Either way, the simplest solution seems to be that you should use the solver laplacianFoam as a basis for what you want to achieve. A short description is given here: http://openfoamwiki.net/index.php/LaplacianFoam You can find similar descriptions to the other two basic solvers here: http://openfoamwiki.net/index.php/Ma...asic_CFD_codes In theory, what you want to do is to use the laplacianFoam solver as a basis for the temperature (heat) transfer over the solid and use the scalar transportation for the viscosity changes. The basis for this scalar/viscosity transport will likely be the temperature and/or time of residence of said temperature. Therefore, if study the 3 basic solvers, you should be able to figure out how to implement the simulation you want to perform. Best regards, Bruno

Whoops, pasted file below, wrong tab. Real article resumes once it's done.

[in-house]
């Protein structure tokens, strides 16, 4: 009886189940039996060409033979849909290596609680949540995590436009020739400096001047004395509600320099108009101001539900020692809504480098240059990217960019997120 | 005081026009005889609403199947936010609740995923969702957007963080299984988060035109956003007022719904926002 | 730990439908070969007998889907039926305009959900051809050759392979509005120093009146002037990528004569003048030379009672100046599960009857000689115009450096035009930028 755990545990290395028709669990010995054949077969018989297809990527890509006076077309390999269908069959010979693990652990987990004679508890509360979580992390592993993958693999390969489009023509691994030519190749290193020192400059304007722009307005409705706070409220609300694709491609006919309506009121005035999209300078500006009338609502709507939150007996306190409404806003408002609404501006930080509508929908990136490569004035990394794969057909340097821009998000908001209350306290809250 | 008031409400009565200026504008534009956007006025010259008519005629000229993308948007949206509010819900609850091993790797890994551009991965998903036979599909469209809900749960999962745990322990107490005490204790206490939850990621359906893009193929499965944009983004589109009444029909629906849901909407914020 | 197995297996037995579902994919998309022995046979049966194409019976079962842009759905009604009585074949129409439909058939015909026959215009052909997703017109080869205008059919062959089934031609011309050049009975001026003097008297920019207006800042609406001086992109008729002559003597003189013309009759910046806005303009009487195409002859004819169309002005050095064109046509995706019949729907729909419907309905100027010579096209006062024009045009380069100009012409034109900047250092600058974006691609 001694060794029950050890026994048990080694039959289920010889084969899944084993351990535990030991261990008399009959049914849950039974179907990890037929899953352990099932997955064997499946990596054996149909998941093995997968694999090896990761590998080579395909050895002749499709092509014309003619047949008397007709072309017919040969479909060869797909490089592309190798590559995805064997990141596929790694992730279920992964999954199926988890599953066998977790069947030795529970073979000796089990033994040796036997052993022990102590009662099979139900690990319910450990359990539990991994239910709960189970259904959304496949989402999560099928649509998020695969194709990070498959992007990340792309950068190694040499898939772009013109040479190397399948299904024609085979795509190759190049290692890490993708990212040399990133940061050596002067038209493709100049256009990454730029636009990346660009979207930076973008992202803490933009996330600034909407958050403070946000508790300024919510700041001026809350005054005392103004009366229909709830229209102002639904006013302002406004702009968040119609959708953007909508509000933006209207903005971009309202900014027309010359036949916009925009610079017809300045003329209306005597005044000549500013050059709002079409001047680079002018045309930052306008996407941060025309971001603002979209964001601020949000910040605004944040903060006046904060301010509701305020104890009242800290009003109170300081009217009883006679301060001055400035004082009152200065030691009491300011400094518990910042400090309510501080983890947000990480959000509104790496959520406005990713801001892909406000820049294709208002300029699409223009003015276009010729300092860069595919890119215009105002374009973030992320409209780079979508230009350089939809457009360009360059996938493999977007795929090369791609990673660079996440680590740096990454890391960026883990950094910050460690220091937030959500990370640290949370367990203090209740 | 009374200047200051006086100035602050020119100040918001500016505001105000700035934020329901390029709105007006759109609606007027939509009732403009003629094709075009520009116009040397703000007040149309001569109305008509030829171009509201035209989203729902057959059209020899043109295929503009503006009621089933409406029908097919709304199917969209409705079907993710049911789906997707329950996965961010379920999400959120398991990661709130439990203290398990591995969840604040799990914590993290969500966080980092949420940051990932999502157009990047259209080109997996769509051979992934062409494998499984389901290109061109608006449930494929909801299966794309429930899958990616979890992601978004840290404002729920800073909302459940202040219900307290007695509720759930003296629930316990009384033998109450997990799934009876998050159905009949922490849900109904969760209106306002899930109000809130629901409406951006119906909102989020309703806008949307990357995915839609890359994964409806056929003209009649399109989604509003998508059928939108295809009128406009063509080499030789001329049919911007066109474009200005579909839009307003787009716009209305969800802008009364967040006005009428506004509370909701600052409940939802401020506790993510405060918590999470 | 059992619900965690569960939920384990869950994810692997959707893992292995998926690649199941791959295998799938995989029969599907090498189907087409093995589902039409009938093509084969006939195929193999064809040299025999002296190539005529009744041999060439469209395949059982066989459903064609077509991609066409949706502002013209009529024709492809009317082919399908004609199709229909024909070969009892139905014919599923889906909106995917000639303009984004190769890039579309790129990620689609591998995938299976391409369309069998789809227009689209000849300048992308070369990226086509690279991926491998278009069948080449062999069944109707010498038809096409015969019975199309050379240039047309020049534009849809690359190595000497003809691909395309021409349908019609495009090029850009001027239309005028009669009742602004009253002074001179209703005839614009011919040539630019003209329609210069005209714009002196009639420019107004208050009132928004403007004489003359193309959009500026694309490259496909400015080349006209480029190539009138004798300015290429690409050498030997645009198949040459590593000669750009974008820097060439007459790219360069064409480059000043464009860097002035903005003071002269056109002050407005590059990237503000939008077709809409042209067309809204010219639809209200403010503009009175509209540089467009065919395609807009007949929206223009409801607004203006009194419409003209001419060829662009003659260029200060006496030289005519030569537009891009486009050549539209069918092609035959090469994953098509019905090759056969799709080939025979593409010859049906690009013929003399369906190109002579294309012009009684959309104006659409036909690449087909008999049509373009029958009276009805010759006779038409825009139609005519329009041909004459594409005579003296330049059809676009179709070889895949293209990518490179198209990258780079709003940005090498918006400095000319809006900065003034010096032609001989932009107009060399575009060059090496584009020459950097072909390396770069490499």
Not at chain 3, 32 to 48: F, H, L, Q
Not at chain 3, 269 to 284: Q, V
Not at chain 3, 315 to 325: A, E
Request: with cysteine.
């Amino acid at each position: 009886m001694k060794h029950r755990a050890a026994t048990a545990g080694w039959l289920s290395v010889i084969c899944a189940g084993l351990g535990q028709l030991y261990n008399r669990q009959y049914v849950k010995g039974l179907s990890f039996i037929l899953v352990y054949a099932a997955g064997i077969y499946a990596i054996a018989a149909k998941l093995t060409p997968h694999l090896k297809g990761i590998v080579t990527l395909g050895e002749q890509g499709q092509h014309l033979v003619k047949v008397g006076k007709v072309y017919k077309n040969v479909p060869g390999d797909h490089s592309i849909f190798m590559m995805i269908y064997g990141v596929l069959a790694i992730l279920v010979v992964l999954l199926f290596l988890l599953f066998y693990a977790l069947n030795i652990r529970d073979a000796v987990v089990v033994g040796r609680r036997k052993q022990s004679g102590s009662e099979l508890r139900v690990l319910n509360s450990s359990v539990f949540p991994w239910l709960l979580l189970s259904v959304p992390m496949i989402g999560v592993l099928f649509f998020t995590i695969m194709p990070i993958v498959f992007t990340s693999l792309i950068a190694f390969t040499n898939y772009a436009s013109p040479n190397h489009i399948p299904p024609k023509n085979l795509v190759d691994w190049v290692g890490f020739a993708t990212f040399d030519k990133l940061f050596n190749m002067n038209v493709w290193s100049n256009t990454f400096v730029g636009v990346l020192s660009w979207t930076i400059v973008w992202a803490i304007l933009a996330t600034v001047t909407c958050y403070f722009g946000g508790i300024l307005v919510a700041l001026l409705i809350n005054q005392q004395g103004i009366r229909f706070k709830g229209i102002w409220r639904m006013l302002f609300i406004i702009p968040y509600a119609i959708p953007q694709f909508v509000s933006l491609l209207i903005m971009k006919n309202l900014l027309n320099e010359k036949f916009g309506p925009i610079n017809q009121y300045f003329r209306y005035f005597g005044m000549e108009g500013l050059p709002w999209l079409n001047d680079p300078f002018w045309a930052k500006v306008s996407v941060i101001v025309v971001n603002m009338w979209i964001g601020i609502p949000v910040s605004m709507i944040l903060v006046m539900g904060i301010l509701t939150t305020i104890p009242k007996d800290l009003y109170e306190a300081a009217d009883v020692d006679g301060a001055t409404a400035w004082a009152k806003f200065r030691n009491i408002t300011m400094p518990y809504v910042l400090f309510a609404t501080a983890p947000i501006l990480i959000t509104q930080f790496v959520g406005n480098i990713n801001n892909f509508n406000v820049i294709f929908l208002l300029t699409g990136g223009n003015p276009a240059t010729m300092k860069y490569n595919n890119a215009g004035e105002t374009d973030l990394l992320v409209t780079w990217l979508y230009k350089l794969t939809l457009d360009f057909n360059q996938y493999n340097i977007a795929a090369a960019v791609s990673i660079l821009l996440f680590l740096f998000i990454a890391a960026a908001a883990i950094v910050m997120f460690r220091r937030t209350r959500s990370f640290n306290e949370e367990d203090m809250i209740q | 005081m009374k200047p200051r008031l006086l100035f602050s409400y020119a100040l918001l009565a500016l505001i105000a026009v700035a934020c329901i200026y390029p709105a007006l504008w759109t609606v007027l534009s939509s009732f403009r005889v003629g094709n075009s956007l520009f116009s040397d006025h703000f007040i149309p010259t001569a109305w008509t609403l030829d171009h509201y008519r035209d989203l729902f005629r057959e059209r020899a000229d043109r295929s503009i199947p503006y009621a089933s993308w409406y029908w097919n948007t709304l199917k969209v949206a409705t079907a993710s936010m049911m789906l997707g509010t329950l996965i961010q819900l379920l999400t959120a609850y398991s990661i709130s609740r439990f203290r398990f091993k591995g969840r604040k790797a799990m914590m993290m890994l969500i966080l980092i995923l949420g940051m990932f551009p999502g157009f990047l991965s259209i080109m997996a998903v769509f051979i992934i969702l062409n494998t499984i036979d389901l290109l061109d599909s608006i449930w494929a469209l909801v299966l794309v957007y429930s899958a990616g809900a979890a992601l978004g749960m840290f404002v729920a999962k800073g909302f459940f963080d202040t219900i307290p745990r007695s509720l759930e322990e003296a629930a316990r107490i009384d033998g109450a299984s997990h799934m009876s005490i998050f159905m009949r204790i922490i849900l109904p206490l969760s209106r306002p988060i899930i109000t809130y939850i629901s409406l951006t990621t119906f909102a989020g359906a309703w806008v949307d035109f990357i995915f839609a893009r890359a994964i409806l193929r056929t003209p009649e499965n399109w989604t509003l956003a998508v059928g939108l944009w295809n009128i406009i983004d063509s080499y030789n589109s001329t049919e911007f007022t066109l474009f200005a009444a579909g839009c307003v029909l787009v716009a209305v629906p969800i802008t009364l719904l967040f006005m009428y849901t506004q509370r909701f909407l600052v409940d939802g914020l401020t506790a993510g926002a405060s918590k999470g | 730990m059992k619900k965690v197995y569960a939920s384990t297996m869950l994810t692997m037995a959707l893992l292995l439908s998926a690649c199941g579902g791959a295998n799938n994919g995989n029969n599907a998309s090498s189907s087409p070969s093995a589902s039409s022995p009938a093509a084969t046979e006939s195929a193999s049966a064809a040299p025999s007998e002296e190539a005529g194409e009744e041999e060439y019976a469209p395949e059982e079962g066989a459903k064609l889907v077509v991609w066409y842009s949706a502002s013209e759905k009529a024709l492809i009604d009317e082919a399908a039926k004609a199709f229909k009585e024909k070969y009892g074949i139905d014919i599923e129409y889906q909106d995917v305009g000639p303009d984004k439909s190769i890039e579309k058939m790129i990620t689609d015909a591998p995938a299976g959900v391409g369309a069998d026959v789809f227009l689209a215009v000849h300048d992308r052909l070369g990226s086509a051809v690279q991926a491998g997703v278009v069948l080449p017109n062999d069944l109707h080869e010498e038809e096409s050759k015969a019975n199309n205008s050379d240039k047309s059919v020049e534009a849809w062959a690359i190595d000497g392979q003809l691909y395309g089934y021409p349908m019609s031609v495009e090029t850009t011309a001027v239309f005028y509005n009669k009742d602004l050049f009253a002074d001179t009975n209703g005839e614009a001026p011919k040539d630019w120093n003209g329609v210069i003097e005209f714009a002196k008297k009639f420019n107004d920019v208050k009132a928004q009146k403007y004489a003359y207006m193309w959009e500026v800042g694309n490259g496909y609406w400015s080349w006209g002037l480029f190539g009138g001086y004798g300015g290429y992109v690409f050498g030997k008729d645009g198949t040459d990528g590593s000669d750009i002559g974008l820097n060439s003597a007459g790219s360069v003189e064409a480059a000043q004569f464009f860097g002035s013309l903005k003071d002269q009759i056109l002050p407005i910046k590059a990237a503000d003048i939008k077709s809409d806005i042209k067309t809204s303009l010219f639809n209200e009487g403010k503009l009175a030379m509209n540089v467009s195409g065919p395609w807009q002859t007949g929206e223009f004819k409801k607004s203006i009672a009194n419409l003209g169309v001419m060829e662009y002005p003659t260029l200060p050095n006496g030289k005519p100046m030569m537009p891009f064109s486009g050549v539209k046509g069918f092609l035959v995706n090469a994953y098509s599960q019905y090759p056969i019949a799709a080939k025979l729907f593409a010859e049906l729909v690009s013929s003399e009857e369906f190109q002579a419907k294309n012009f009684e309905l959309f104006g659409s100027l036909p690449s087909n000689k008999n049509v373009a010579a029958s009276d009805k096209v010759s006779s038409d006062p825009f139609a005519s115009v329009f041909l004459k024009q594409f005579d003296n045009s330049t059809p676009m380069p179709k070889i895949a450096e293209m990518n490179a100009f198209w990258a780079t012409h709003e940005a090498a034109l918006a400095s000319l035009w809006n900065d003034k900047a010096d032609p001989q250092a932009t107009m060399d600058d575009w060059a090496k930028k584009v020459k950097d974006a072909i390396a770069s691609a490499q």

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November 27, 2013, 06:55 

#8 
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Olivier
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hello,
Standard foam solver can already do almost what you need. Hoever the increasing viscosity rate is not here. Take a look at buoyantSimpleFoam. You can choose a polynomial thermo type for viscosity, then you get your temperature dependant viscosity. If you need to take into account the increase rate in time, you need to create your own viscosity model, which is not so difficult. Take a look at: http://www.tfd.chalmers.se/~hani/kur...nFoam%20v2.pdf regards, olivier 

December 8, 2013, 14:35 

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Hello,